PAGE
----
Where and How to Start
As someone who has never looked at data for any of my social media accounts (because, well, I never had a reason to), I would have no idea where to start if someone asked me to. If someone asked me to set a goal based on this data, I wouldn’t have known where to begin. This video, (757) How to Set SMART Goals – Sam Hirbod – YouTube, from Sam Hirbod does a fantastic job at explaining how to use your data to set SMART goals. Spoiler alert- it’s not as daunting as you would think!
Base every decision on data
This was the number one piece of advice that Sam discussed more than once in his how-to video. He says to look at the data you have available using services such as Google Analytics, HubSpot, AdWord, and Kissmetrics. I’ve heard of Google Analytics and HubSpot but have never used them or had an interest in using them…until now. AdWord is actually a part of Google and is free to use along with Google Analytics and HubSpot. However, Kissmetrics looks like you have to pay a monthly subscription to use their services.
Before you start analyzing your data, Sam suggests focusing on the essential parts of the data having to do with services, marketing, and sales. Services are what attract your visitors via website traffic. Marketing would be considered the leads, which are how many visitors have signed up for your event or service, and customers are those who paid for the event or service, which are your sales. These are your three essentials when first starting your SMART goals.
Map it out
Using the numbers of visitors, leads, and customers from your data you’ve gathered, estimate the number of new customers generated for your client. Divide the numbers from each other to produce a percentage. I put together a basic chart of what this could look like, similar to what Sam had in his presentation.
|Visitors per Month||20000|
|Visitors- to- Leads||0.70%|
|Leads per Month||140|
|Leads- to- Customers||8.57%|
|Customers per Month||12|
Knowing this information allows you to look at where your strengths and weaknesses are; importantly what you need to work on to meet your goals. And think about it- you wouldn’t even know this information if you hadn’t looked at your data.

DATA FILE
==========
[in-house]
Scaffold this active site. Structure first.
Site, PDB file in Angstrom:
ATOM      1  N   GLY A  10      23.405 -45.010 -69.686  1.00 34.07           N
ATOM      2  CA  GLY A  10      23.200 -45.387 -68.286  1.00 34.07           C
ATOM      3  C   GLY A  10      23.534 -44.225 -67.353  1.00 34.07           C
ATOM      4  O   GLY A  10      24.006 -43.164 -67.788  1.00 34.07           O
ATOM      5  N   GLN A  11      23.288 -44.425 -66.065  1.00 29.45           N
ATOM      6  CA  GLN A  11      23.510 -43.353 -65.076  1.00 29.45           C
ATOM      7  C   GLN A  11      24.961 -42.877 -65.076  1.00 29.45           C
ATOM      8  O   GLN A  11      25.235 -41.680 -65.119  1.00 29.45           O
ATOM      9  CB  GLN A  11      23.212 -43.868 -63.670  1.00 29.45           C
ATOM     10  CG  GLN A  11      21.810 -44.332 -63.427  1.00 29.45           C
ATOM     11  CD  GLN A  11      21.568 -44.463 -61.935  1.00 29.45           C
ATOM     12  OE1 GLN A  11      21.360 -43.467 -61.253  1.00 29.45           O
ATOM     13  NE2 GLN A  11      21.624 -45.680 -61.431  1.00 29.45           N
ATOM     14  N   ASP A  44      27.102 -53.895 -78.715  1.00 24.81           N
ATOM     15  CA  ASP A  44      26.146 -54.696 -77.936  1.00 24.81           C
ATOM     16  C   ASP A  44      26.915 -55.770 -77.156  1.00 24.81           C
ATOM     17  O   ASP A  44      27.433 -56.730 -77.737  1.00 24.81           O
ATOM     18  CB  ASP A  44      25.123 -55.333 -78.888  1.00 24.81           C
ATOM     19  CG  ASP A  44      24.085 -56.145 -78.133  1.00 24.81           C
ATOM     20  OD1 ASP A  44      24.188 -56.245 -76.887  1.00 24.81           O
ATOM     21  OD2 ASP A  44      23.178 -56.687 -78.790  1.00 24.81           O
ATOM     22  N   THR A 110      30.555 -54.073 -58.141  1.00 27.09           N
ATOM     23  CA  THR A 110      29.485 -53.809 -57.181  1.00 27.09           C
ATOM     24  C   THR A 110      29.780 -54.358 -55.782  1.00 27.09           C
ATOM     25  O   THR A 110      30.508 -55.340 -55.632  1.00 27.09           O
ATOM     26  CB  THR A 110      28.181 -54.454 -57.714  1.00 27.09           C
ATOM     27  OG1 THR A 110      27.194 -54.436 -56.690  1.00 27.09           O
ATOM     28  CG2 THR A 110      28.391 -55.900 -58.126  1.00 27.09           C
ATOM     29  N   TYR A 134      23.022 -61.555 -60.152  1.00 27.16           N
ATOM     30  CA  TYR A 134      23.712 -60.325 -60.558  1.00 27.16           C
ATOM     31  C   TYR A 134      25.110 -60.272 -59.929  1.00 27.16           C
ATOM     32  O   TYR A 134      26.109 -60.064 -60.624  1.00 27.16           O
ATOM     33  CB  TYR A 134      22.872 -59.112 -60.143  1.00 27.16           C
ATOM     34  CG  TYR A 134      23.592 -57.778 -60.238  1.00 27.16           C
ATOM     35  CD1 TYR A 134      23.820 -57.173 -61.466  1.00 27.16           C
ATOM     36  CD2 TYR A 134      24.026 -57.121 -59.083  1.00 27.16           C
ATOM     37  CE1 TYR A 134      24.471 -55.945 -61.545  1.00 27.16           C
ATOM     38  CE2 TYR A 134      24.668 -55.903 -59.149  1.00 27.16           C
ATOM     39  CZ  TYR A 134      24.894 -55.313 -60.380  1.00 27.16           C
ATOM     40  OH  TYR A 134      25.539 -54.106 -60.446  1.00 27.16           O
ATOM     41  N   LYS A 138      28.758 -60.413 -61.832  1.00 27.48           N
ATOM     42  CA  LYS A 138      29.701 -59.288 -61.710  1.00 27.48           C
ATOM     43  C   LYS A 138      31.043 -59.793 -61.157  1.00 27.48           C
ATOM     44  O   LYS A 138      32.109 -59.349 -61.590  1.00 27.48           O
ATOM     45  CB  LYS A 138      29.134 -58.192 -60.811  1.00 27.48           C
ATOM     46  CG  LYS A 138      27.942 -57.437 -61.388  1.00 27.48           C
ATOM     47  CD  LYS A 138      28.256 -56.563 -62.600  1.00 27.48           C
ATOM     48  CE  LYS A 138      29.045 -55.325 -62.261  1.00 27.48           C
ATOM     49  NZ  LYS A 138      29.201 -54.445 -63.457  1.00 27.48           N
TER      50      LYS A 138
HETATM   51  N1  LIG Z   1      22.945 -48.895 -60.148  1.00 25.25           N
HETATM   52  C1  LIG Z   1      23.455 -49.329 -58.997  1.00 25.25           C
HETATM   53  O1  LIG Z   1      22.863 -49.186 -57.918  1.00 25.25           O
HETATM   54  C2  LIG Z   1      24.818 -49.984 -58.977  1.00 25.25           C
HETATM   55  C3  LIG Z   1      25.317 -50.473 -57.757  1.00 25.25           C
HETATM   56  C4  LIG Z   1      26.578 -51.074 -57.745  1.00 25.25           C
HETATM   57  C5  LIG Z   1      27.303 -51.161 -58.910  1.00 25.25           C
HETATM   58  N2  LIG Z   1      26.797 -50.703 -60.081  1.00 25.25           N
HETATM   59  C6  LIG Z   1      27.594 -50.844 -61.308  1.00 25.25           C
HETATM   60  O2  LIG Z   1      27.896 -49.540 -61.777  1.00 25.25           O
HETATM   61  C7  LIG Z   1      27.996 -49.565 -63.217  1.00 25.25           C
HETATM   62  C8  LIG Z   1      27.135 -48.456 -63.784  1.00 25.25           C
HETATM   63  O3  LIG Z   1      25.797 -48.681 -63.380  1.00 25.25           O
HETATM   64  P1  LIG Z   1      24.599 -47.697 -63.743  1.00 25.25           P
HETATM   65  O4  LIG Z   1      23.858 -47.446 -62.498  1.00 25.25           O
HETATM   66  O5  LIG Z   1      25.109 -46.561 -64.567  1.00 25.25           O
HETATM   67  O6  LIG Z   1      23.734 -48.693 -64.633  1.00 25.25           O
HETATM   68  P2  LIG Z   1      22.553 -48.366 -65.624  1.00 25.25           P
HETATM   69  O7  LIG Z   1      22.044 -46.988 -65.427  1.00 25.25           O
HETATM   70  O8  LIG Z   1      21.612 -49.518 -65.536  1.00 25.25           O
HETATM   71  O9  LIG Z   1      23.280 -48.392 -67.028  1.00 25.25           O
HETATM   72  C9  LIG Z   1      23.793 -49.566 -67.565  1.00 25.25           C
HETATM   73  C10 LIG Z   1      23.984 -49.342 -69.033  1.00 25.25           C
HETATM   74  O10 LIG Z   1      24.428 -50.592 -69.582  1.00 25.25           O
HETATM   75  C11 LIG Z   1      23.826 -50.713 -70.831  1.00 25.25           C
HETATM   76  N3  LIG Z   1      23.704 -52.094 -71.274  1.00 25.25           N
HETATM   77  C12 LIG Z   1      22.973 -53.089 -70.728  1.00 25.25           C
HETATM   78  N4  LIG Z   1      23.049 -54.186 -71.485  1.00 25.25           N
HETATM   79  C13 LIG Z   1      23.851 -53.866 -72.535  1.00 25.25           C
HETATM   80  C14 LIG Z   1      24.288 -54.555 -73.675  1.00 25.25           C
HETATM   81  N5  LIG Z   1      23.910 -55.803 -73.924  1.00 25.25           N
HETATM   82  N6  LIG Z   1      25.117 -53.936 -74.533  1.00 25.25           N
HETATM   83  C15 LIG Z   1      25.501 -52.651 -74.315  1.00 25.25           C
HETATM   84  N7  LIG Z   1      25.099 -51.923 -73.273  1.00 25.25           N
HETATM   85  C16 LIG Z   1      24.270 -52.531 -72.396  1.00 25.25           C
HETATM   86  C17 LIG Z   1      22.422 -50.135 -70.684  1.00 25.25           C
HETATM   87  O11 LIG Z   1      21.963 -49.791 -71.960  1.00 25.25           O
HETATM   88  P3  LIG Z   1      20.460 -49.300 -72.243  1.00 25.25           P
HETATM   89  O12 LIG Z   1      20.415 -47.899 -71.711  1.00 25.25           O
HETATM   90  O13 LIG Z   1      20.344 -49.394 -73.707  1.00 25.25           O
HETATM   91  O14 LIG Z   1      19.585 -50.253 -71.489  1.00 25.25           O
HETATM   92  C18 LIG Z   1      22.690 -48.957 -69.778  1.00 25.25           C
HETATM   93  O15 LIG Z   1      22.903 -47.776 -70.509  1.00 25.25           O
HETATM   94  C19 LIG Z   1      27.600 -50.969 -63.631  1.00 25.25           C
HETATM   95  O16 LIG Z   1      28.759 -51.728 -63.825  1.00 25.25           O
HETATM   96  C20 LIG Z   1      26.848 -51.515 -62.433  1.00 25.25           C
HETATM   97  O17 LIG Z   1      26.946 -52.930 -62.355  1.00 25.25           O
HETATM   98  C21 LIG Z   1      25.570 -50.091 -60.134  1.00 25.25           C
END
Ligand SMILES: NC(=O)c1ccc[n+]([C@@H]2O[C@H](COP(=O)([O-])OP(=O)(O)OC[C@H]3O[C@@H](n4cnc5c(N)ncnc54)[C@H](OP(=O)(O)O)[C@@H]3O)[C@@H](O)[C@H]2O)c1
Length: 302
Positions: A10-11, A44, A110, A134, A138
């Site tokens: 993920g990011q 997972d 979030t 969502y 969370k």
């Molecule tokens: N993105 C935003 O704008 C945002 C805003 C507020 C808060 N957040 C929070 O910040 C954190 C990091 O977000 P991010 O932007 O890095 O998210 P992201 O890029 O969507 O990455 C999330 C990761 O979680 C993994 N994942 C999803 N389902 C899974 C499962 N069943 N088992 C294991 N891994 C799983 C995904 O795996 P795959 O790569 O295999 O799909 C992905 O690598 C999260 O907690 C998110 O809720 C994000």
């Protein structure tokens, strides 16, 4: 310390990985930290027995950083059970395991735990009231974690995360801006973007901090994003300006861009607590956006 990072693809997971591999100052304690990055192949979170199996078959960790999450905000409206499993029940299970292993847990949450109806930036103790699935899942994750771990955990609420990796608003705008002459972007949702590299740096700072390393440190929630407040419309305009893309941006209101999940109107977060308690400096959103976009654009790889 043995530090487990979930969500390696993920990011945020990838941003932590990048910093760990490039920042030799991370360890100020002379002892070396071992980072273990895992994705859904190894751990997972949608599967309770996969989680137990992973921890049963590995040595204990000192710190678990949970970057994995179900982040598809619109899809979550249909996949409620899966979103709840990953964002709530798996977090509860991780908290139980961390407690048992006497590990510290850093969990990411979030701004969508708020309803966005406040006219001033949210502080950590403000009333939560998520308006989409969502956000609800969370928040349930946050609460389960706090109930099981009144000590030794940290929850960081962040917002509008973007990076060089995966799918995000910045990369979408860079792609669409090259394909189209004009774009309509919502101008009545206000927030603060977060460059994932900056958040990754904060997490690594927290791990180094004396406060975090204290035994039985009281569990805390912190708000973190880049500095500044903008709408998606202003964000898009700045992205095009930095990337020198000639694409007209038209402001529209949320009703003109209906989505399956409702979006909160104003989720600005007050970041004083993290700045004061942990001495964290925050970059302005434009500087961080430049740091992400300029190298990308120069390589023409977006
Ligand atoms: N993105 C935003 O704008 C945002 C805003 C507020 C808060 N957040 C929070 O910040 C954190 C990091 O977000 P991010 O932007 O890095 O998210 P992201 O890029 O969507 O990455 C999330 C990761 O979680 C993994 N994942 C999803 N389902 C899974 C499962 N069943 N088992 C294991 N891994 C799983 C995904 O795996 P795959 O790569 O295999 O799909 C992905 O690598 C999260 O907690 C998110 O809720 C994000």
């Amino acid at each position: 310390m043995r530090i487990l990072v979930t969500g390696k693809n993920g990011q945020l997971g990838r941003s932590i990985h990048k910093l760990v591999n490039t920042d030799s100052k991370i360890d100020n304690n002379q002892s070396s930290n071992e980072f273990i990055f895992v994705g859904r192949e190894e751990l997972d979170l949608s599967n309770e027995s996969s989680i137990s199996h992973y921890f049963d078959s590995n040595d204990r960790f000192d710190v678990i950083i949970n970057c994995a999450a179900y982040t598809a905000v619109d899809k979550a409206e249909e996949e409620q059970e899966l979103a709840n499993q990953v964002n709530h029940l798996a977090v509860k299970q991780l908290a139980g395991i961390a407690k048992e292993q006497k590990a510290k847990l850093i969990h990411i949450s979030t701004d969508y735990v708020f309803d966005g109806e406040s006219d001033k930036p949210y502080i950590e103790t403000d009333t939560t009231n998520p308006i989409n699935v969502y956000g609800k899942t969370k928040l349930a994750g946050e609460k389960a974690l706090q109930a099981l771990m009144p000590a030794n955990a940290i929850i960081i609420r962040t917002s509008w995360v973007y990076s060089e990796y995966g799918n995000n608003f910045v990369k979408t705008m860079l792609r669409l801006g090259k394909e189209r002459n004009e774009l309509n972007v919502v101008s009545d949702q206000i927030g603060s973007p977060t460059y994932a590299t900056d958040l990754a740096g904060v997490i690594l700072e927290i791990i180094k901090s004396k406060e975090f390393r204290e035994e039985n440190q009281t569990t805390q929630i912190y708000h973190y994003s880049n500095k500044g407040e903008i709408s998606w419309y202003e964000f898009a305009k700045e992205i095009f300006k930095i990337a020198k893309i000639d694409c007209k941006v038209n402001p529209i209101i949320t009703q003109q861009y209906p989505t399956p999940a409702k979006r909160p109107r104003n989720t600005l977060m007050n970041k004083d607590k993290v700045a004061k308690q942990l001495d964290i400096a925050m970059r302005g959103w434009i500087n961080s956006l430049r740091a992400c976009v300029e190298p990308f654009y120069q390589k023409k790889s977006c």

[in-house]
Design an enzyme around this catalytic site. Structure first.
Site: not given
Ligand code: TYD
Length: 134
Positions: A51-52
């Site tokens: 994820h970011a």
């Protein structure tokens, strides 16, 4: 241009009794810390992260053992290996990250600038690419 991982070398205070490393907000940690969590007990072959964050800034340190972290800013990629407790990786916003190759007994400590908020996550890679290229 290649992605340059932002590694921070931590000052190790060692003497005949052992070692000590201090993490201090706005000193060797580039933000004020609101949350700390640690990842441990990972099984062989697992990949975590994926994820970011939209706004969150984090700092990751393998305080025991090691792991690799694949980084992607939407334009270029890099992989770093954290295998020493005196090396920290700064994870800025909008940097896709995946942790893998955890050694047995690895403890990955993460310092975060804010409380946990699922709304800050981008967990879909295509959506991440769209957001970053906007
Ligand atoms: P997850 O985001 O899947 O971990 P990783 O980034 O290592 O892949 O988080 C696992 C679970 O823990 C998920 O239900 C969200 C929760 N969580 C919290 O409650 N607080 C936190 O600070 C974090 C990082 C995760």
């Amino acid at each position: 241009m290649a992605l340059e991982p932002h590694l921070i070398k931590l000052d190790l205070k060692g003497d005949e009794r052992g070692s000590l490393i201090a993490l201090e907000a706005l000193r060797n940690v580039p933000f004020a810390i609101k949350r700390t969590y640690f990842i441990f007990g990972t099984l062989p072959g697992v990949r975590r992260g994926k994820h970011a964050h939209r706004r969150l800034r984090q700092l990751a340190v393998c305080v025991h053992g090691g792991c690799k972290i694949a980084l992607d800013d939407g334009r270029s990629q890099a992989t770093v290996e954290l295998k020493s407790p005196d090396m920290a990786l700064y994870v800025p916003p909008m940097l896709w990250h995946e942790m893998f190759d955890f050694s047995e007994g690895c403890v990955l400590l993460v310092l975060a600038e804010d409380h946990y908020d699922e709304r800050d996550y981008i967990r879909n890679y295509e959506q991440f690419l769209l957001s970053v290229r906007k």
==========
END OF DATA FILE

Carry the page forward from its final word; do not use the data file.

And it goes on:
So what does SMART stand for and why is it so important? Sam points out that no matter what industry you are in, it is important to set goals to measure where your successes and opportunities are, otherwise you may not know where or if they exist. SMART Goals helps to set realistic expectations to keep you and your client on the same page. Below is a list explaining what SMART stands for
And here is an example of a company’s SMART goal
Some of the mistakes that Sam sees with people using SMART goals is thinking that analyzing data is difficult. It does not have to be overwhelming. Remember to focus on the three essentials. You can always go further in-depth with your data in the future.
Another mistake- it’s not enough to set SMART goals; you also have to be proactive by putting the time and effort into working towards those goals.
Be clear with your client about responsibilities. Is your client publishing the campaign you both set goals for, or are you? Not knowing this could make your plans go south real quick! Sam mentions a situation he knows of where this miscommunication happened to a client where the campaign wasn’t published and they didn’t realize it until it was too late.
Sam encourages people to not be afraid to set goals. Some people don’t like setting goals because they are afraid they are going to fail. NO ONE likes that feeling, right? I know I’ve been there before. He suggests to not get hung up over this and that failing could be a good thing. It allows for you to learn from your mistakes and it shows you where to realign your expectations.
Three Success Factors
Overall, Sam gives these three pieces of advice to help make your SMART goals a success. First, base your decisions on data. Like I mentioned in the beginning, Sam brings this up more than once so I’d say it is pretty important. He also said some people, companies, and organizations are not looking at their data and setting SMART goals. It is surprising that in this day we’re living in, organizations aren’t taking advantage of these resources to help grow their business.
Second piece of advice, stay proactive. There’s no point in setting goals if no one is going to put in the work. Also, keeping track or your data before, during, and after a campaign is essential to identify problem areas that can potentially be fixed before it’s too late.
Lastly, keep your client in the loop. Transparency of data, the plan, and the results and having that open communication will keep your client confident they can trust you and potentially will want to continue doing business with you.